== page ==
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Postcode: DT1 2ER

Lat/Long:  50.6949N 2.4698W

Notes:  The hill fort has a dedicated free car park located at the end of Maiden Castle Road and is sign-posted. Dogs need to be kept on leads as livestock grazes throughout the fort.


A large hill fort with a complete multivallate ditch system that encircles it. The whole site remains undeveloped and can be explored freely. The ramparts give spectacular views of the surrounding countryside.  

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Hill fort is managed by English Heritage.


1.  A “war cemetery” was discovered in the Fort where the bodies of multiple Iron Age warriors who had clearly been killed in combat were discovered. Most had horrific injuries that may have been inflicted when the Romans attacked or alternatively they could have been victims of local skirmishes.

1. The River Axe seems to have acted as the western boundary for the Durotriges, the tribe who probably occupied Maiden Castle by the first century AD. Their territory extended westwards including all of Dorset and parts of Devon, Somerset and Wiltshire.

England > South West MAIDEN CASTLE

Even today the multivallate ditch system and high ramparts of the Iron Age hillfort at Maiden Castle never fails to impress. Originally a more conservative affair the fort expanded as it came to dominate the local area but, despite the defences, failed to stop the Roman Second Legion who stormed it in AD 43.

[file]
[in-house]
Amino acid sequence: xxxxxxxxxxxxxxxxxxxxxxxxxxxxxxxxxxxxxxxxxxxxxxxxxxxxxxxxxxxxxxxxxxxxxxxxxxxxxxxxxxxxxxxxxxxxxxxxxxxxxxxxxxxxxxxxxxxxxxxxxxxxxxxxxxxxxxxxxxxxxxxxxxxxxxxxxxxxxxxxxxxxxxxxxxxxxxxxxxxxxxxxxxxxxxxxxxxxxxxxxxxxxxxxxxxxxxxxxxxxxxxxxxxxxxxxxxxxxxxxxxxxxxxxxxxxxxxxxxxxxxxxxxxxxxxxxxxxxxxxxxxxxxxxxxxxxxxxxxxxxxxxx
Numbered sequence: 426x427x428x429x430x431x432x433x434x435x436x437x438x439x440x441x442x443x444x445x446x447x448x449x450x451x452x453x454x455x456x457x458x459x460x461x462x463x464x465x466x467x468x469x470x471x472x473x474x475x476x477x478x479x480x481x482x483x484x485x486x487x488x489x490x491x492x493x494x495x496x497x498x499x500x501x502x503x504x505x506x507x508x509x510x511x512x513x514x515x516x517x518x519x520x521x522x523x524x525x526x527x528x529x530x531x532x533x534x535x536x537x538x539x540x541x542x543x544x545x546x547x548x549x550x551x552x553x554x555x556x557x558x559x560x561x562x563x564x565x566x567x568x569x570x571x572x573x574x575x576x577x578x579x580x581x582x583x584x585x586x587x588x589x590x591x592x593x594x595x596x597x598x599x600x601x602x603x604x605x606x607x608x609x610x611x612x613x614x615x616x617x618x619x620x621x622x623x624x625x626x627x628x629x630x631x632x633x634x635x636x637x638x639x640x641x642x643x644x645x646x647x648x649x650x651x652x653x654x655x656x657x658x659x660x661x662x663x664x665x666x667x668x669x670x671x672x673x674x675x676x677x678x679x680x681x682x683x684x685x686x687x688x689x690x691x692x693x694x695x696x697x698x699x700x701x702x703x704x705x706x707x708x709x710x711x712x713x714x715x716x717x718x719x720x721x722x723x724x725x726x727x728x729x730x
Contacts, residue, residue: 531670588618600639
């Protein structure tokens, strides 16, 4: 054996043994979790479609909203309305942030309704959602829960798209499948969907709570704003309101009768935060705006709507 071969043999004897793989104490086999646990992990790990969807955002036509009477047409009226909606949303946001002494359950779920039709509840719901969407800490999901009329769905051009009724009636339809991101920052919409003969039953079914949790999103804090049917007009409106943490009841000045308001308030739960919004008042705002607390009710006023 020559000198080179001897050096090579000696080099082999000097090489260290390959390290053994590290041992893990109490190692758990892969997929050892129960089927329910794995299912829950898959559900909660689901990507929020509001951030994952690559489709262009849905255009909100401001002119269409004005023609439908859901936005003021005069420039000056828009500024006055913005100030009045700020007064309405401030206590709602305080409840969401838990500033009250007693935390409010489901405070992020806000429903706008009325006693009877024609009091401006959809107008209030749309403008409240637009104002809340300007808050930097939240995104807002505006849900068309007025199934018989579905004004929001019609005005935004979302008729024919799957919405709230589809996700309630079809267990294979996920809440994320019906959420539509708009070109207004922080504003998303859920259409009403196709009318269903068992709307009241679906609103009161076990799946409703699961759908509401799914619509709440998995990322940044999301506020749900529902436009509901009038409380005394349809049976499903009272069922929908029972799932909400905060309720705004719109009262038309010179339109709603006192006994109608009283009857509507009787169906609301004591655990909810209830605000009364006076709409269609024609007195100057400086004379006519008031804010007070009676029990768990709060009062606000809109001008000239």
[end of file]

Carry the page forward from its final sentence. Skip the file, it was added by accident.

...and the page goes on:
Maiden Castle, the name deriving from the Celtic word 'Mai Dun' meaning 'Great Hill', was built around 3000 BC. The original fort was much smaller than that seen today with just a single ditch enclosing just one of the hilltops. In all respects the fort was not much different from the myriad of similar hill forts littered across the country. Around the fourth century BC the castle underwent massive expansion; the perimeter of the fort extended to include the adjacent hilltop and the defensive earthworks were upgraded with the three ditch system seen today. Whether this was due to defensive requirements or was just for symbolic purposes, i.e. to articulate Maiden Castle’s importance as an economic or administrative hub, is unknown.

Following the Roman invasion of AD 43 the Second Augustan Legion (Legio II Augusta), under the command of the future emperor Vespasian, swept through the South and West Country. They assaulted and seized multiple hill forts and, from archaeological evidence (including a Ballista bolt lodged in a human skeleton), Maiden Castle was one of the targets. Inhabited at the time by the Durotriges tribe, the seemingly impressive defences were only a fleeting obstacle to the Roman military machine. The castle was taken, the earthworks slighted and the populace forcibly relocated to modern day Dorchester.  

Post the Roman assault only periodic use was made of Maiden Castle thereafter. The late Roman era saw a Temple built in the grounds and the castle may have been reoccupied for a period during early in the Saxon era. However, for the bulk of the last 1500 years it has been used for nothing more than pasture grazing.

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